You might have noticed that this review looks slightly different to other reviews on VideoGamer.com. That's because we look at games clearly designed for younger gamers in a slightly different way to other games. We'll endeavour to tell you just what you need to know in a clear and concise way so you'll be confident it's the right purchase for whatever your situation.
What is it?
Enchanted Folk is a life-simulation game that lets you attend a magical school. After designing your character and naming your college, you'll be free to explore the local area. There are lessons to attend, friends to make and mysteries to solve. Players will also have to earn money by fishing or collecting items to sell. This cash can then be used to buy clothes, spell ingredients and decorations for your dorm room. The ultimate goal is to become the world's greatest wizard by learning every spell and investigating all the game's secrets. Enchanted Folk is extremely similar to Animal Crossing, although it does offer a few more things to do.
There's a surprisingly large amount to keep track of in Enchanted Folk. There are a great many things to see and do, but the pace of the game is extremely gentle. Most actions are controlled by single button presses or via simple actions with the stylus, but there are rather a lot of commands to remember. The most complicated actions relate to the performing of spells, whereby the player must create a chain of several icons by selecting them on different menus. For example, the treasure hunt spell requires you to select the icons "magic", "treasure" and "seek" in that order. Younger children might find this tricky.
There is really very little to worry about in terms of the content of Enchanted Folk, with nothing that could even vaguely be described as violence. However, there is quite lot of reading to do, and some of the text uses complicated words like "linguistics". There isn't a lot of action in this game; it's more about learning magic, exploring the town and chatting to other characters. For this reason, we suggest that this might not be such a good choice for very young gamers.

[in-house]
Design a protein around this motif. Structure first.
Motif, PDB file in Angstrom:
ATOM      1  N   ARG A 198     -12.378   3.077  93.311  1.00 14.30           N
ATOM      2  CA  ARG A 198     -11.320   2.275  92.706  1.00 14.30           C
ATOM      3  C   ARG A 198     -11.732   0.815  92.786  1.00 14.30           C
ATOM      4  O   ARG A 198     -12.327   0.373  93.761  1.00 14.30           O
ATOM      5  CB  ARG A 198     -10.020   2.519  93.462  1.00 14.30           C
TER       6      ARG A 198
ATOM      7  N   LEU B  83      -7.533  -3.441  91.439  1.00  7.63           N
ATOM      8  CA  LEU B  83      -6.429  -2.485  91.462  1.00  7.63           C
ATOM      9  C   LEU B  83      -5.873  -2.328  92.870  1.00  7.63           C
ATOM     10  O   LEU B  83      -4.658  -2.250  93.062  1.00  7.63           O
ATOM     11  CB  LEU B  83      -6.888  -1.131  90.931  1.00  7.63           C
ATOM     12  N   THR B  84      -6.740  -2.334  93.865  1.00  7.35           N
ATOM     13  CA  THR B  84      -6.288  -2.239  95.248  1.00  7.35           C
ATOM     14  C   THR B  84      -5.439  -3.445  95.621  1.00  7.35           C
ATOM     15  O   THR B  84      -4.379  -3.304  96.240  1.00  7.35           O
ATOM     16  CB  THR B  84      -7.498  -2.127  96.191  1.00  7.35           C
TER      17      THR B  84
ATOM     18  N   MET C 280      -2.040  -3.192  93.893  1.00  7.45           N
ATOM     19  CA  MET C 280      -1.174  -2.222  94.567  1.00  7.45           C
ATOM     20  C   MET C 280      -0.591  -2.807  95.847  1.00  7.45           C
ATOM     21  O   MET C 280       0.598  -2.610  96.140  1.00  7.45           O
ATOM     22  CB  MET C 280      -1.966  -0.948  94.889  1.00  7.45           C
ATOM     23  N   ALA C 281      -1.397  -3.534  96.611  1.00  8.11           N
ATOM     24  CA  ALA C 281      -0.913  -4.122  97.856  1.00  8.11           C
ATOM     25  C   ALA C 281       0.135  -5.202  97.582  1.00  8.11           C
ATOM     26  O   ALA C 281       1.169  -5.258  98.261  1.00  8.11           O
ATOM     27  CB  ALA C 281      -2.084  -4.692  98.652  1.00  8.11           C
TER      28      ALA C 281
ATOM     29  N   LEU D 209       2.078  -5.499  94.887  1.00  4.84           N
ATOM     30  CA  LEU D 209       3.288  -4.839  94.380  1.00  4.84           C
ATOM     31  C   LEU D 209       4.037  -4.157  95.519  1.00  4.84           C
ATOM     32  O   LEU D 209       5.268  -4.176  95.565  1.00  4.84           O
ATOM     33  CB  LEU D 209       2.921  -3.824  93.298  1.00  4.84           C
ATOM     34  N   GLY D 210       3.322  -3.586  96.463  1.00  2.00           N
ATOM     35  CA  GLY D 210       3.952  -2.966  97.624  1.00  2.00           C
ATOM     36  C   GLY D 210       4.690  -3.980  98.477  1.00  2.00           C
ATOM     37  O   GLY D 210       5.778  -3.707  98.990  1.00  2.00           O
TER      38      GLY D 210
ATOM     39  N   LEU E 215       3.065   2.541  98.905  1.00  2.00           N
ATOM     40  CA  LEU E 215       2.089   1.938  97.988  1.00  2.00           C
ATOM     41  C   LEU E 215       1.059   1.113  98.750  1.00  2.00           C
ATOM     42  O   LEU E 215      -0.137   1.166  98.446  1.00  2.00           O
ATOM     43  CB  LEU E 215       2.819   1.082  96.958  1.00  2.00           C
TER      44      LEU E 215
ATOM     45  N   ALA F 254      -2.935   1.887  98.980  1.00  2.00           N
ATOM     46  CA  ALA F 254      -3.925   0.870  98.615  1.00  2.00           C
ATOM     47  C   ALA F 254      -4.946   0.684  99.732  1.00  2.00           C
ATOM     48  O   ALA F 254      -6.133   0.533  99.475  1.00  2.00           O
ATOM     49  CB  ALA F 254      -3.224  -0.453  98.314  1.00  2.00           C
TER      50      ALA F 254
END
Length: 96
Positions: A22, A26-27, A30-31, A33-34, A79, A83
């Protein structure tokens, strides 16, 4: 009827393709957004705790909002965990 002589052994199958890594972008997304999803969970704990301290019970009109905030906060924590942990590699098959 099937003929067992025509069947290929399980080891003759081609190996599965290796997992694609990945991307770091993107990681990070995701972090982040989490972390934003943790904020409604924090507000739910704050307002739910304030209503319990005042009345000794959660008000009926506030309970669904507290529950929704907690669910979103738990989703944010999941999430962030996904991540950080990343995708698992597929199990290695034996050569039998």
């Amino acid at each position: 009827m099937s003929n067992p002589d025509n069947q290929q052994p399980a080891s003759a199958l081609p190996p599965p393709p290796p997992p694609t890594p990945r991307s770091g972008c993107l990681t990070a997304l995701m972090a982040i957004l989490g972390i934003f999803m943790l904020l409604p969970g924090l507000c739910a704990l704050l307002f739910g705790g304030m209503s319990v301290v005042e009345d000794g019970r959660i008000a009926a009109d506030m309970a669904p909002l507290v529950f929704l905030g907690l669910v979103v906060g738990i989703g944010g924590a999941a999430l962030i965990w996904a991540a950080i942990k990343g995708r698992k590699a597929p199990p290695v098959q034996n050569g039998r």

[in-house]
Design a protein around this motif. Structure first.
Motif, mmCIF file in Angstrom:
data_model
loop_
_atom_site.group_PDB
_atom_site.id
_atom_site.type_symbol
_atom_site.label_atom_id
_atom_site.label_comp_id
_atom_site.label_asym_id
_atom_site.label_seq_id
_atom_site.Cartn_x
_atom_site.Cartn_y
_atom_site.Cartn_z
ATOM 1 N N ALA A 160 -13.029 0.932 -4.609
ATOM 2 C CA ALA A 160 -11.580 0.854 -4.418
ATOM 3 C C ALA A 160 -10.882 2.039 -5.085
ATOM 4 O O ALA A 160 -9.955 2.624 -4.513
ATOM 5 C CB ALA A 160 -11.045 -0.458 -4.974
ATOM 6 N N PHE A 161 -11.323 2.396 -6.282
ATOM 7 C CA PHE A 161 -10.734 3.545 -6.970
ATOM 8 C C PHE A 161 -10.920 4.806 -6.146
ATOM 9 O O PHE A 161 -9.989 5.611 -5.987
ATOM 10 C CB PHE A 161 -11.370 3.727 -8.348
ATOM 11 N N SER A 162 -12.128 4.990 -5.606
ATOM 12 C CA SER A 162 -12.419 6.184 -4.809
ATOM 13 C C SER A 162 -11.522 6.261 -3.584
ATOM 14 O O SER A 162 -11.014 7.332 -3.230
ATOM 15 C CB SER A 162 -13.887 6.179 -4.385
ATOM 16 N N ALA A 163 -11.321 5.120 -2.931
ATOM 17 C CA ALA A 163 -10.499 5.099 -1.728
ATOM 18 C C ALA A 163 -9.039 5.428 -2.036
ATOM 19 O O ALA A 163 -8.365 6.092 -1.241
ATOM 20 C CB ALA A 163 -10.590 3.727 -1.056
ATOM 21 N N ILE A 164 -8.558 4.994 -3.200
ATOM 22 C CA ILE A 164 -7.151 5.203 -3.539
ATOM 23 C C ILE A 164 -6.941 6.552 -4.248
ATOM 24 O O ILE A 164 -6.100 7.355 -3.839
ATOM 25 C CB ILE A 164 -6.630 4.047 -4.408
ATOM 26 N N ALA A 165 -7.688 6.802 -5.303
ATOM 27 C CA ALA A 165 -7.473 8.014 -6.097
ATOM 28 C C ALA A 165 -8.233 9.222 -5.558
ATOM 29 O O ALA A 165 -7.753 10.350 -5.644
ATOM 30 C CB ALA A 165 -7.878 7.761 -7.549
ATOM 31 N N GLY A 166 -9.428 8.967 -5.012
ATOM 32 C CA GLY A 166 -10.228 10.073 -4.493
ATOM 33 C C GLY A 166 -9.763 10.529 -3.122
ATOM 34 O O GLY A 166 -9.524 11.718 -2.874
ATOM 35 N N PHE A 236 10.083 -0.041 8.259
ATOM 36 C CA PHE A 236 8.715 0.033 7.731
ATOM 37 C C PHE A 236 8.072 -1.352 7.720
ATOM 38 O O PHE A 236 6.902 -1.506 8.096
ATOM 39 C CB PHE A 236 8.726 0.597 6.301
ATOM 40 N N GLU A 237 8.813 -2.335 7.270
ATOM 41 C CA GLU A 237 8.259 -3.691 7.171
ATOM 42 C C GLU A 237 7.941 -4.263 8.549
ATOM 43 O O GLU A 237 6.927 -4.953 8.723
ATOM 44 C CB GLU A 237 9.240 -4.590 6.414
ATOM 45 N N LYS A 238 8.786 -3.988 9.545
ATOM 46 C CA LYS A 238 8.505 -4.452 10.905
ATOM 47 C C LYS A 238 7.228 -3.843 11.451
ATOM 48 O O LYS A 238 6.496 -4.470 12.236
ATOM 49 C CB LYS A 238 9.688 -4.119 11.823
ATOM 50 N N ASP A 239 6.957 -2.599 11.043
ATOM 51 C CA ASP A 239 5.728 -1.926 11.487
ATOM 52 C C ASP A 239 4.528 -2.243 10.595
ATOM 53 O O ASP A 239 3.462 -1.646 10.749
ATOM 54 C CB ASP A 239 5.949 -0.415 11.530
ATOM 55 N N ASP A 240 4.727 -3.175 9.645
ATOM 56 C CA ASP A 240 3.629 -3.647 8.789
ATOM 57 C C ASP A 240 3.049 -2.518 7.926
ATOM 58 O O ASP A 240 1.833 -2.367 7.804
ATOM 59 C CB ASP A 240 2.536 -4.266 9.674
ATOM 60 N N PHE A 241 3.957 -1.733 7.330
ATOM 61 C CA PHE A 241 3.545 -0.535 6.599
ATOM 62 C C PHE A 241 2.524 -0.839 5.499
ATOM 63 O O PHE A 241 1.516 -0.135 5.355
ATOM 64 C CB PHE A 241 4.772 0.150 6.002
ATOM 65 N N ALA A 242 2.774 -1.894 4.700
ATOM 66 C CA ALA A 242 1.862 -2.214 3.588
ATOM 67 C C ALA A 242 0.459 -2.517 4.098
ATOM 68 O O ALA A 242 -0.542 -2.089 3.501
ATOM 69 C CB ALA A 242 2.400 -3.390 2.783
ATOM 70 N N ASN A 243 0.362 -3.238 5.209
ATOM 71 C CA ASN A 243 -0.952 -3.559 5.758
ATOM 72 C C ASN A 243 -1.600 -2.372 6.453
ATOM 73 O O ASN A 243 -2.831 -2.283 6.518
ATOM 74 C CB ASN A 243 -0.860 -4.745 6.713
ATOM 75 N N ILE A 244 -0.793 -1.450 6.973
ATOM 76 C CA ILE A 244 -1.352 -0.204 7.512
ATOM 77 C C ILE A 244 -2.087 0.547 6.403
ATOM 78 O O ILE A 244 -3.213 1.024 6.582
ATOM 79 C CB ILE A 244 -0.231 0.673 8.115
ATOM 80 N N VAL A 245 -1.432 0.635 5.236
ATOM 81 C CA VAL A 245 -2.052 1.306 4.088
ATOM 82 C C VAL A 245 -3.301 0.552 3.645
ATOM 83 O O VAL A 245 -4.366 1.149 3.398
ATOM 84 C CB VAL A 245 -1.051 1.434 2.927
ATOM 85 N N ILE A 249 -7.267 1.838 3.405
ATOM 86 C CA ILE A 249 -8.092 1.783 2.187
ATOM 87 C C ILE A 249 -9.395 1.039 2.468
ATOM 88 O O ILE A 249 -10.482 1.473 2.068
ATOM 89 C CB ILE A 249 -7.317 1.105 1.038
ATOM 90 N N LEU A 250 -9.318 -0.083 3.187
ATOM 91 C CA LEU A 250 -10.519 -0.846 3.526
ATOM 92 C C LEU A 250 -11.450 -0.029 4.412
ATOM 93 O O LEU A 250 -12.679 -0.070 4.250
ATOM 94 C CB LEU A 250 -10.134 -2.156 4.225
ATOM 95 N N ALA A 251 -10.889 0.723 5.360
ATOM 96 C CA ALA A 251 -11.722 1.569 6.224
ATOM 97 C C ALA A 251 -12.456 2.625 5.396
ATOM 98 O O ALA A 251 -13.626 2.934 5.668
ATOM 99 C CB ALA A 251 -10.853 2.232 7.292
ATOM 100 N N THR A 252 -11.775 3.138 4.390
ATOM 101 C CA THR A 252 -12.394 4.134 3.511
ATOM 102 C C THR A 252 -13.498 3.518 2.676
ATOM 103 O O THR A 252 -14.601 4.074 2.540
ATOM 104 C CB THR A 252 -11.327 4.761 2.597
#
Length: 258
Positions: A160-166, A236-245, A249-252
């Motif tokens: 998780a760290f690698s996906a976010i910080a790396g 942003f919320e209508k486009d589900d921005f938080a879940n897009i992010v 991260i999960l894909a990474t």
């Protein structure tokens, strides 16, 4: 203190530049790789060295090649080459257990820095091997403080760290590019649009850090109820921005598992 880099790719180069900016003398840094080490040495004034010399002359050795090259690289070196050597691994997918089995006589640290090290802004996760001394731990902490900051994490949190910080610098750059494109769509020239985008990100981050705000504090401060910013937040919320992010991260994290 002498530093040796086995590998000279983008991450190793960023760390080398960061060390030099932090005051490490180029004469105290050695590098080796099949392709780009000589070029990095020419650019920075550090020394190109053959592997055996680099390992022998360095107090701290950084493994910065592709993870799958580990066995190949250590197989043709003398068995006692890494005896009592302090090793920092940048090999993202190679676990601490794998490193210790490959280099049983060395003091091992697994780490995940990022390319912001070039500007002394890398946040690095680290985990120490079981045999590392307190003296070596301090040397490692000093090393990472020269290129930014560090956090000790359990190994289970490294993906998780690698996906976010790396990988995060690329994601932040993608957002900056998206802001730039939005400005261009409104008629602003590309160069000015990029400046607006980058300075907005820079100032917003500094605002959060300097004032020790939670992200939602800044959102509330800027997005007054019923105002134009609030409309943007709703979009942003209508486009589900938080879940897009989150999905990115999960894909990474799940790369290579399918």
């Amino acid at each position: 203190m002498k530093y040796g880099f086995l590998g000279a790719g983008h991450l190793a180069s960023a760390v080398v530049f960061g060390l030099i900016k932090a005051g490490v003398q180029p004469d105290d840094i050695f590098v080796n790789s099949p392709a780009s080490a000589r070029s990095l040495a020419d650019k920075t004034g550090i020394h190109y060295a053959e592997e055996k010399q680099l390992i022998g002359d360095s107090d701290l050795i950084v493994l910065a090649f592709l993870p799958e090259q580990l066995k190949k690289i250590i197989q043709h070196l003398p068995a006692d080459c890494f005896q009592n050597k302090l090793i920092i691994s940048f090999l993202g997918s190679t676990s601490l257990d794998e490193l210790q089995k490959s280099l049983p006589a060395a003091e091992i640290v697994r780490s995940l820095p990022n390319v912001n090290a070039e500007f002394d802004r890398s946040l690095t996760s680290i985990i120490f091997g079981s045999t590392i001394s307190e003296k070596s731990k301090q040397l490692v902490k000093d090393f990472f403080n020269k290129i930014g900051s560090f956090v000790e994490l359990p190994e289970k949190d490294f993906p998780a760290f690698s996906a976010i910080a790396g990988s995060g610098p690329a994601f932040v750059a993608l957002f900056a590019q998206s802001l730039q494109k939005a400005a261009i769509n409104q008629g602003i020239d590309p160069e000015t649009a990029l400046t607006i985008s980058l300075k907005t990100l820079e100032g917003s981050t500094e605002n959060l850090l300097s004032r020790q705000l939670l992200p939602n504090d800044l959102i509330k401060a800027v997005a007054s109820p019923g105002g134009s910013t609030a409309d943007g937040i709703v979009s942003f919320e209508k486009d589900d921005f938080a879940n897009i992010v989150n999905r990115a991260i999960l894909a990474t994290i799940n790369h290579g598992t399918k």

Graphics are cute and colourful, presented in a cartoon style that is very similar to that used in Animal Crossing. Most of your school mates take the form of talking animals, although there are some weirder characters, like a sentient mobile phone. Some of the music is quite catchy, and voices are entirely represented as strange babbling gibberish.
Anything for adults?
Grown-ups who don't mind the rather cute graphics will find quite a lot to enjoy here. Since there's so much to do, it's quite possible that adults will enjoy their own second life as a Harry Potter wannabe. There are also quite a few jokes and characterisations that will go over kids' heads - such as the town's spectacularly camp hairdresser.
Despite the fact that it is clearly being marketed at children, Enchanted Folk is a surprisingly deep game. Fans of Animal Crossing may feel that this is a little too similar for its own good, but other young gamers should have plenty of fun with their magical studies. The slow pace won't be for everyone, but kids who do like this will probably play it for a long time.